By Jarred A. Luján — If you’ve been anywhere near me for the past year (or, really, most other folks in comics), you’ve probably heard ranting and raving about a book called These Savage Shores, and now…it’s ending. Yes, the final issue of this great series — These Savage Shores #5 — arrived yesterday, and I think this is the most emotional reaction I’ve ever had to a book finishing up...a strange blend of complete excitement to read it and utter dread knowing there isn’t a #6. I received a review copy in the service of writing this very article and still had to kind of hype myself up to read and finish it. I am, however, glad I did, because it’s a perfect ending, by the way.
Anyway, this article isn’t a review. Not really. It’s actually just me explaining why this book is in the upper echelons of this medium, as well as in storytelling at large.
The prose is poetic. There’s not a single point in the series where it feels hung up or rigid. The writing, dialogue, and narration all flows beautifully together over and over again. These characters weave a great web as the book goes forward, and all of it matters. All of it has gravity. Every single panel hits and every single panel counts. The last eight or so pages of the final issue were just WRECKING emotionally, so be prepared for that. I cannot imagine a comic with a set of characters in it that all had a similar level of depth and development throughout, and it gives life to a very serious connection to all of them. Thematically, I’m pretty sure I’ve made a dozen notes about the potential themes in the book, but the truth is this: it has a lot to say, and it says it in the silence of certain pages as much as it does in the narration or the dialogue.
Secondly, there isn’t enough to be said about artist Sumit Kumar and how completely incredible his work is. We could fill this article to the brim with pages that Kumar belted out during this series, and it still wouldn’t truly capture his achievement. There’s a now-famous page (see below) from issue 1 that most of indie comics twitter swooned over for about a week, and justifiably so. That page alone has everything you could ask for from sequential art: a single action per panel, it leads the eye, it tells a story even if you removed the words, and it is completely and totally gorgeous. I hadn’t even heard of Kumar until this book and I’m almost positive he is my favorite working artist now that I’ve read it.
Also, colorist Vittorio Astone should just work with Sumit Kumar forever. The way Astone crafted the palettes for many of the battle scenes in this story was outright incredible. Astone has an amazing gift at developing the colors on the page to really match the intensity or subtlety going on. This pairing must have been a cosmic event, because these two are really something else on the page.
The thing that strikes me most from letterer Aditya Bidikar is that same dynamicism I spoke about in relation to Astone. These Savage Shores has a masterful storytelling in its subtleties as it does in its bigger moments, and that is something that Bidikar’s lettering strongly reflects. That ability is such an artistry in it’s own right, one that some of us might miss, and we shouldn’t.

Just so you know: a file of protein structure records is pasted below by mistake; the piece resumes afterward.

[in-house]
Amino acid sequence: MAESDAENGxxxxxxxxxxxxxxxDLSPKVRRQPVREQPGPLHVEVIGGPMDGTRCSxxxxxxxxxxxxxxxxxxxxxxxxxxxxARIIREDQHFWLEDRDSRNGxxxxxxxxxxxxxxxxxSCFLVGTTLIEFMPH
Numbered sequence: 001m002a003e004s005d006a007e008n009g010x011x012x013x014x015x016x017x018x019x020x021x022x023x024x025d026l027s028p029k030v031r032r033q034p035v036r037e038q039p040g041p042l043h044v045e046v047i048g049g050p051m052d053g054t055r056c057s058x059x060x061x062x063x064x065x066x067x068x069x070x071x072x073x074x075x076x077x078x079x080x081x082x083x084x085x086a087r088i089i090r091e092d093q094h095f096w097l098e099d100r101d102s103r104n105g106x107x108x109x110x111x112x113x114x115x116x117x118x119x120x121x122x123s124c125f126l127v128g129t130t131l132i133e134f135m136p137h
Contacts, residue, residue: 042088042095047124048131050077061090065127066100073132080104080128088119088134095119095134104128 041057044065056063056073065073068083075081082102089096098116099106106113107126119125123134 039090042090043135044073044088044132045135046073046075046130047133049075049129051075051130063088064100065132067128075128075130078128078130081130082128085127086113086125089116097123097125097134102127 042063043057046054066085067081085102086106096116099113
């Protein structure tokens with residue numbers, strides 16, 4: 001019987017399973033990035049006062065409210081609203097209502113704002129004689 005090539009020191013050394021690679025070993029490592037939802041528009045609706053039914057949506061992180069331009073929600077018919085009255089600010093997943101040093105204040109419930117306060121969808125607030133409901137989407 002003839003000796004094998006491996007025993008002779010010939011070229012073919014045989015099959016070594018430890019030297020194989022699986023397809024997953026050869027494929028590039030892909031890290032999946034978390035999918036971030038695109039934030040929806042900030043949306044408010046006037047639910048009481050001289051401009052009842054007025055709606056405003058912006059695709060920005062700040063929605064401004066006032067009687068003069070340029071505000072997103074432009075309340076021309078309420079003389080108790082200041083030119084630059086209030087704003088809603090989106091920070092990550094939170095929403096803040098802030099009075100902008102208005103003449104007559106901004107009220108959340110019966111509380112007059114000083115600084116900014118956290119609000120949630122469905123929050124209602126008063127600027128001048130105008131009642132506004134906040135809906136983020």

Needless to say, the creative team has all knocked it out of the park on this book for each and every issue. But expert craftsmanship and perfect execution isn’t the only thing that makes These Savage Shores stand out. Beyond its creators and their abilities, this book is uniquely possible because it is a book about colonial India created by a writer/artist co-creator team of Indian heritage, and, in Kumar’s case, residence. As a result, there’s so much depth to this story’s location, its time period, its characters, its mythology, and the greater interweaving of the political drama in the background, because these are two creators who have an inherent tie to all of it. This is the work of two creators sharing a piece of that with us throughout this story.
These Savage Shores is a testimony to the power of what happens when creators of color are allowed to tell stories about their own backgrounds, their own cultures, their own ancestry, their history. It’s existence is a call to the rest of us to create works that reflect that. We have stories to tell, and this is proof that we can tell them in a uniquely brilliant way. There should be a great deal of gratitude towards Vault Comics, because they regularly put out content like this (Submerged gave me similar feelings, but I lacked the proper way to articulate them at that time.)
Anyway, These Savage Shores is a powerhouse of a book because it pairs a brilliant creative team with a unique cultural perspective. These Savage Shores is one of my favorite comics of all time—and it is certainly my greatest creative inspiration. So, here’s to These Savage Shores in the hopes that some of us can carry its lofty torch.
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Jarred A. Luján makes comics, studies existential philosophy, and listens to hip-hop too loudly. For bad jokes and dog pictures, you can follow him on Twitter.